Characterization Exercise: Who’s Your Ideal Enemy?

There’s a lot to be said about the peculiar dance between two enemies: a blend of mutual hatred, a peculiar sort of chemistry, and who knows what in the middle. It makes conflicts interesting—but like a good romance, it requires that the two enemies be, in their own way, a good match.

And you can learn so much about a character from figuring out what that good match is.

Consider the source of opposition. Some characters are enemies through incompatible morals. Others, through loyalties to groups that are themselves opposed. There are the ones who don’t even know why they’re enemies, just that That’s How Things Are Around Here; there are the ones who base their enmities on something the enemy did to them or something they value; heck, in some cases, there are even the ones who are enemies because they needed a good enemy and this person looked like a decent option. The kinds of things that one half of the equation can’t stand about the other are vital.

On the other hand, there’s got to be something that keeps the enmity going, rather than one just destroying the other and being done with it. As a result, the perfect enemy will have something that the character respects, as well as something she abhors. Sometimes more than one something, for added confusion. Competence, style and power are popular; for the particularly honorable character, a code of ethics might be a way to separate the perfect antagonist from the okay ones. Several of the characters I’ve run for, and most of the ones I play, tend to give extra points for wit. Others look at what the enemy has to offer, particularly if it’s an enemy with a recruiting pitch.

Ideally, what sort of form would their conflict dynamic take? For some people, the key is getting into a prolonged fight every Tuesday. Some are in constant verbal contact, trying to win each other onto their sides. There are those who engage in duels of manipulation, each trying to trick the other into helping her advance her goals. And that’s just a sampler. While I find that matched forms of conflict make for a better dynamic, every now and then you get a pair where one’s playing manipulator to the other who is trying to find the first and beat the tar out of him, and that’s what works for both sides. As long as it’s the kind of conflict that works for the characters….

For every relationship, there’s something that would cause one or more parties to just break it off. While it’s not quite the same thing, a good nemesis dynamic also has those sorts of triggers. Would changing the conflict dynamic change the character’s opinion of her enemy? Is there something that the enemy could do that would turn the character’s view of him from “too interesting to destroy” to “you will die now”? Is there a quality the enemy has the absence of which would be a deal-breaker?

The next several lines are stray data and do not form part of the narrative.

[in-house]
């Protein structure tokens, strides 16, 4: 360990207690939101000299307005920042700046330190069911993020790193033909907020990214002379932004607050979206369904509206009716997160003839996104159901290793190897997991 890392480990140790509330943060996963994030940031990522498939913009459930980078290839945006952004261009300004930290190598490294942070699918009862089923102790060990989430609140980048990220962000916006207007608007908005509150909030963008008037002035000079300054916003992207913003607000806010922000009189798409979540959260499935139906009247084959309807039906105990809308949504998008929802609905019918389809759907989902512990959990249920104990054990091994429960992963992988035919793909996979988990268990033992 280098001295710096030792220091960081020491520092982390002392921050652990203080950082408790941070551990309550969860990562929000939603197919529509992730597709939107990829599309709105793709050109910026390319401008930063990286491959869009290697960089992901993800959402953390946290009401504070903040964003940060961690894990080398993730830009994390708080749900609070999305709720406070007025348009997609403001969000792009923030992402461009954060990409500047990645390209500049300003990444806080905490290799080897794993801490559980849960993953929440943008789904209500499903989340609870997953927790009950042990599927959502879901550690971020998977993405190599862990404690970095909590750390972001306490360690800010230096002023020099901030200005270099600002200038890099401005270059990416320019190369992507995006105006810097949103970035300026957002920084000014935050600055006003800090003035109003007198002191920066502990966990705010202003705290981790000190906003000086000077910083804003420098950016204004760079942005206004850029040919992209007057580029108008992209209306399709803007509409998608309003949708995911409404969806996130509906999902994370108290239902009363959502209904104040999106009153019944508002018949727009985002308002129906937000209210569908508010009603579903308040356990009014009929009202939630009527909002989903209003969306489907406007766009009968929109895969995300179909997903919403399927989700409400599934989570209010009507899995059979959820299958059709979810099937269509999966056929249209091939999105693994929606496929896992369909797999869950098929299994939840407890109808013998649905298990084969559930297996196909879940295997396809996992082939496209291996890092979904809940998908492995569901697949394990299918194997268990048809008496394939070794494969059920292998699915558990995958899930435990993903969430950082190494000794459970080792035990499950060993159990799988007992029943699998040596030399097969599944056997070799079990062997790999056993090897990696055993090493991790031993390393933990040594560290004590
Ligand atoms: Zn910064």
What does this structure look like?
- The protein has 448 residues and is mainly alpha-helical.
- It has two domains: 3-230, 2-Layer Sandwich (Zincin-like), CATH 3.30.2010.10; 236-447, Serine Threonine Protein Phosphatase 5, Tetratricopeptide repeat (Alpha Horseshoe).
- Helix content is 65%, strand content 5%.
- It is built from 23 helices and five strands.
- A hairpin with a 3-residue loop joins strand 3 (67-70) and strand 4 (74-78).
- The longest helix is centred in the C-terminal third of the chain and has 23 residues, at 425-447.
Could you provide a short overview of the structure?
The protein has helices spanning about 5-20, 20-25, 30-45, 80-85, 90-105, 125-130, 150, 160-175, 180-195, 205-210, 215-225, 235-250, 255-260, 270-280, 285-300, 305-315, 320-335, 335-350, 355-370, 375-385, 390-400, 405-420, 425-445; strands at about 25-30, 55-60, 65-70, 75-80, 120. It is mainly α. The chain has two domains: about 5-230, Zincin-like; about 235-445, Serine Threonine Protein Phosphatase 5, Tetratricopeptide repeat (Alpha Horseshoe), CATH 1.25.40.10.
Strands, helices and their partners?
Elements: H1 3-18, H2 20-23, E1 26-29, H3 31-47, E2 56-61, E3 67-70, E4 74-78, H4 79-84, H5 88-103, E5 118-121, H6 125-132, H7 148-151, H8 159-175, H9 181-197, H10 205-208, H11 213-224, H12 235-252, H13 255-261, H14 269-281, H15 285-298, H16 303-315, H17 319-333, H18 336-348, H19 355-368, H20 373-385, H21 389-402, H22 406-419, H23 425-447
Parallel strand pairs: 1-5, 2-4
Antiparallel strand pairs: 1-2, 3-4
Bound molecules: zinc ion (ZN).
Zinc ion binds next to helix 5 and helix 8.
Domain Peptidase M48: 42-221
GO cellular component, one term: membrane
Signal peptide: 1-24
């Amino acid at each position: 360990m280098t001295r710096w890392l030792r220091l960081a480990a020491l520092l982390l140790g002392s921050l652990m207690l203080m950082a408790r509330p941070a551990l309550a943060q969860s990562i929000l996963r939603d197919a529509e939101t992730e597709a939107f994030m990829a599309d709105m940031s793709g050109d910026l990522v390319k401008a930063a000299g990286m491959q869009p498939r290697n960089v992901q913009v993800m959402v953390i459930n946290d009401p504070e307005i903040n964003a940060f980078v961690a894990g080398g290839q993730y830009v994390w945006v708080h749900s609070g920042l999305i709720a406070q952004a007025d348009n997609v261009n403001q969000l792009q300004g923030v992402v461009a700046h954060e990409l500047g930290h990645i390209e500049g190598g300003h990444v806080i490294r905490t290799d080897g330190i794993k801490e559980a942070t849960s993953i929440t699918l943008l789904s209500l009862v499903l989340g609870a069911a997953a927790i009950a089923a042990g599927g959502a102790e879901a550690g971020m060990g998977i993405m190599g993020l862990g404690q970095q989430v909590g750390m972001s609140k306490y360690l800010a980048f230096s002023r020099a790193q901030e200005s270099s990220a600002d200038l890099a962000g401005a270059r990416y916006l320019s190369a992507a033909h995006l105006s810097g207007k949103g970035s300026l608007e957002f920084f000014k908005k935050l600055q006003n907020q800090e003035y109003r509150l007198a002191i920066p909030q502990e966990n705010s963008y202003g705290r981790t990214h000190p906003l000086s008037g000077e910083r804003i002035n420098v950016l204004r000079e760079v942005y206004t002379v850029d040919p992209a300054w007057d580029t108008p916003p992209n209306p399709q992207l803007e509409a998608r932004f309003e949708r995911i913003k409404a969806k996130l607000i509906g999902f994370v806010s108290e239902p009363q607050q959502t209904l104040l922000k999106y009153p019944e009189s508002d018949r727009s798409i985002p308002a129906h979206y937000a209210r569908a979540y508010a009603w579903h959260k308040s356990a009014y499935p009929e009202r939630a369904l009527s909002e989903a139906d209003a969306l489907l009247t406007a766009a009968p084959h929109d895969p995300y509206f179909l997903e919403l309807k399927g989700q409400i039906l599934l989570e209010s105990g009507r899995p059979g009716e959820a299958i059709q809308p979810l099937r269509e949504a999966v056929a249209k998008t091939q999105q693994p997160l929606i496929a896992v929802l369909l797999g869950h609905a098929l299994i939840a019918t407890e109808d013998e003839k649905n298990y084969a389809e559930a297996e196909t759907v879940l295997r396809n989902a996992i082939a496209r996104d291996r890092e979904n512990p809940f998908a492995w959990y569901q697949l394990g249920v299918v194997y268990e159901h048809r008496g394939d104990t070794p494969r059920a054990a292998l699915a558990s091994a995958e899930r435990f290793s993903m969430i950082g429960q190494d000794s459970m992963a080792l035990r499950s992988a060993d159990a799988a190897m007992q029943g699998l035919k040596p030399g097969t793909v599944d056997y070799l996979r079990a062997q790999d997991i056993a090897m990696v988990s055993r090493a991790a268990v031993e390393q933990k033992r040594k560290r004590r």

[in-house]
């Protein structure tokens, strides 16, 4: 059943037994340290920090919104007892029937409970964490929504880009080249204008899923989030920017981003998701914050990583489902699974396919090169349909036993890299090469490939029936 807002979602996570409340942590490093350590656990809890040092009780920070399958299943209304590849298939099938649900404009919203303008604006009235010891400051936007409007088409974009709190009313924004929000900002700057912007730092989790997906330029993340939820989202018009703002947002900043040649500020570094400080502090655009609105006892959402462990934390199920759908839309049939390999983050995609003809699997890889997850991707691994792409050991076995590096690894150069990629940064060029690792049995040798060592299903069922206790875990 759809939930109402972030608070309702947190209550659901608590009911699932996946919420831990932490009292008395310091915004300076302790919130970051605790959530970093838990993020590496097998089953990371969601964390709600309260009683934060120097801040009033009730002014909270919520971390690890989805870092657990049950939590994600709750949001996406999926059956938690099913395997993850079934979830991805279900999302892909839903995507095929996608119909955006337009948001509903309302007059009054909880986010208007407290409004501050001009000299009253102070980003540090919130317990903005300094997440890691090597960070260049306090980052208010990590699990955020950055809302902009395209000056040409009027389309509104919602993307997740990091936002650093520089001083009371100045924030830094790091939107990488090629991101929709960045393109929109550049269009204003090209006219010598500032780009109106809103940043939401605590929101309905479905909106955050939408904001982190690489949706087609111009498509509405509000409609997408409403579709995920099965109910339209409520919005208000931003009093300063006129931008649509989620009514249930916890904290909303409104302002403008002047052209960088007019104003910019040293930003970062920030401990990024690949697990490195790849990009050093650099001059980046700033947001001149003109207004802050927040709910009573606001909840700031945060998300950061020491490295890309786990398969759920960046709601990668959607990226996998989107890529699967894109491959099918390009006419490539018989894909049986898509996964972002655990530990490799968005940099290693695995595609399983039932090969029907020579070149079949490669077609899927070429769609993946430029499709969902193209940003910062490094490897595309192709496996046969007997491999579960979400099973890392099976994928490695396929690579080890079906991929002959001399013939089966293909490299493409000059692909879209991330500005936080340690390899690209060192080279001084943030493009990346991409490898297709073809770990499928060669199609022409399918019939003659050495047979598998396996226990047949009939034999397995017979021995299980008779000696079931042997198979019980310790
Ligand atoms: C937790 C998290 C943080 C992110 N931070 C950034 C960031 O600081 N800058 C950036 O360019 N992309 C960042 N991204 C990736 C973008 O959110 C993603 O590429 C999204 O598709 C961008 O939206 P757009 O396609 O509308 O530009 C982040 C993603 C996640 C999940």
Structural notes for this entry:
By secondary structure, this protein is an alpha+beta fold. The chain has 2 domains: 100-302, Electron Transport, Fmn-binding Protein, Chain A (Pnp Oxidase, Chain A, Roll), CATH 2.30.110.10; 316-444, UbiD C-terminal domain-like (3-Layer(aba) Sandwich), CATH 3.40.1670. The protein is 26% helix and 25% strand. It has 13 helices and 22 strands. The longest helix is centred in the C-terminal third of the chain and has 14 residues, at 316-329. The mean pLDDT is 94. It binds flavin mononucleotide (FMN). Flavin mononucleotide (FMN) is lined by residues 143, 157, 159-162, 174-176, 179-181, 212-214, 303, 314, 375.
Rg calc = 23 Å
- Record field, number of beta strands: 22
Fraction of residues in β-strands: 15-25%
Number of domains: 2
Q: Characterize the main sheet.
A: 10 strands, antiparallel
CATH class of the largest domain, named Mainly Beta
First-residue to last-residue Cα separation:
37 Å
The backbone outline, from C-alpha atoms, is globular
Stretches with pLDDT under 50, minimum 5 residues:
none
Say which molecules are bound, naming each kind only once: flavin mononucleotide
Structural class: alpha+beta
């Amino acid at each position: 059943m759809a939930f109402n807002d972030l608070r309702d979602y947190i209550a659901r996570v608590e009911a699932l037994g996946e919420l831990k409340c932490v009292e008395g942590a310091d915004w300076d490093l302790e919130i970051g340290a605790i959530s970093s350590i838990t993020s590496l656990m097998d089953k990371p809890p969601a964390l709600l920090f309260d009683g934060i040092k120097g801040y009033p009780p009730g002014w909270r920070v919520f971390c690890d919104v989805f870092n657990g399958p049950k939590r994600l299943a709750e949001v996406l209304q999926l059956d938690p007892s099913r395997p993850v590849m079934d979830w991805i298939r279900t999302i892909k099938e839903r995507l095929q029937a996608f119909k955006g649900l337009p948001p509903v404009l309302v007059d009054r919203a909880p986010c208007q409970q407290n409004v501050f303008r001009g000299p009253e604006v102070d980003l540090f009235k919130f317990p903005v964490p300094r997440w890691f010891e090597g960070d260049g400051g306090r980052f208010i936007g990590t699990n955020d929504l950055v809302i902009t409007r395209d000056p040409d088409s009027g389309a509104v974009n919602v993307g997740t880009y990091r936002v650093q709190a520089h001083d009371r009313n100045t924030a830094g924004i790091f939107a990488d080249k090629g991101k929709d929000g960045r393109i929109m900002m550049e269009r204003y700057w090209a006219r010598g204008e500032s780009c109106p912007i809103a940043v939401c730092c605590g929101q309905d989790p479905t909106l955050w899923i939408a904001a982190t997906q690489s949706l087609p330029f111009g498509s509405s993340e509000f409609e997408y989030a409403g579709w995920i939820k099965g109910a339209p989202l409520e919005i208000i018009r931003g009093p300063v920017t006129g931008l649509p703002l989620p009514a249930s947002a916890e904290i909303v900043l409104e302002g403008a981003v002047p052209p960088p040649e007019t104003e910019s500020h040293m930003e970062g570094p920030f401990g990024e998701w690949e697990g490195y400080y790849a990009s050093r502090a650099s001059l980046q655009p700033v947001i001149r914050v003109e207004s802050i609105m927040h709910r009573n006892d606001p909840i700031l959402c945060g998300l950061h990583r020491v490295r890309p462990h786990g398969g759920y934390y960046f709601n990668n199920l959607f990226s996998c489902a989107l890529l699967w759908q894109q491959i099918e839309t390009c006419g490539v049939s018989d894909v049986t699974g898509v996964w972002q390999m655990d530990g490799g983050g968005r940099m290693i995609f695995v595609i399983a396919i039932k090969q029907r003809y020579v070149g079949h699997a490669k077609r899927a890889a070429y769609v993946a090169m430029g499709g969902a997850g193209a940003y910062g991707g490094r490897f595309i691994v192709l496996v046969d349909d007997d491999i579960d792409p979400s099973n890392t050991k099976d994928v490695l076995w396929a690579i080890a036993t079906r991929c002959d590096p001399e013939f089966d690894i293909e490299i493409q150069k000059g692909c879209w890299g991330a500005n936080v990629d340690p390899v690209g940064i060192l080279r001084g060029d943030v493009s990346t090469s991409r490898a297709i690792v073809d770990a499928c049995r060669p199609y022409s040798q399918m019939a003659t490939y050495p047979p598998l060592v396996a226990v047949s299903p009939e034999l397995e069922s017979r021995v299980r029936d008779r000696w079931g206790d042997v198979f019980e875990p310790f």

Plot-neutral character seeks long-term nemesis. What’s that personal ad going to look like for this character?

2 comments

  1. UZ says:

    Luke: OK, hi everyone.

    Everyone: Hi Luke.

    Luke: So let’s go over our enemies again and we’ll see if anyone’s had any good ideas since last time we got together.

    Ahab: The whale that took my leg. I totally hate that whale.

    Luke: Good, and?

    Randolph: The malaise brought on by forcing my worldview into narrow, modern materialism.

    Luke: Now Randolph, we talked about this. Couldn’t you have an enemy that’s more, you know, immediate? Like a shoggoth or something. Don’t shoggoths make you really upset?

    Randolph: This is exactly what I’m talking about.

    Luke: OK,

    Erekose: The cyclical nature of time.

    Luke: Yeah, OK. Look, when I was having some problems with my dad, he didn’t throw a whole lot of metaphysical nonsense around. Crates and boxes, definitely, but he was straightforward. He was just like, “Luke, be evil or I’m gonna cut your head off,” and then he’d throw a crate or someting, and I think that was really considerate of him, you know, as an enemy. It gave me something I could really, you know, get a grip on.

    Ahab: I want to stab that whale with a harpoon.

    Luke: That’s really good, that’s good, That’s a realistic goal.

    Randolph: I want to cast off the tyranny of the four-dimensional material world.

    Luke: Now that’s going to be more difficult and I think that-

    Randolph: The very notion of goals is time-bound nonsense in the context of the greater n-dimensional universe.

    Luke: Erekose?

    Erekose (dismissively): I’ve already attended this meeting an infinite number of times.

    Luke: Now, I know it can seem hopeless when -

    Luke and Erekose (together): – you have an enemy that’s a concept rather than a material so maybe -

    Luke: Now stop that!

    Randolph: See? That’s what four dimensions will get you.


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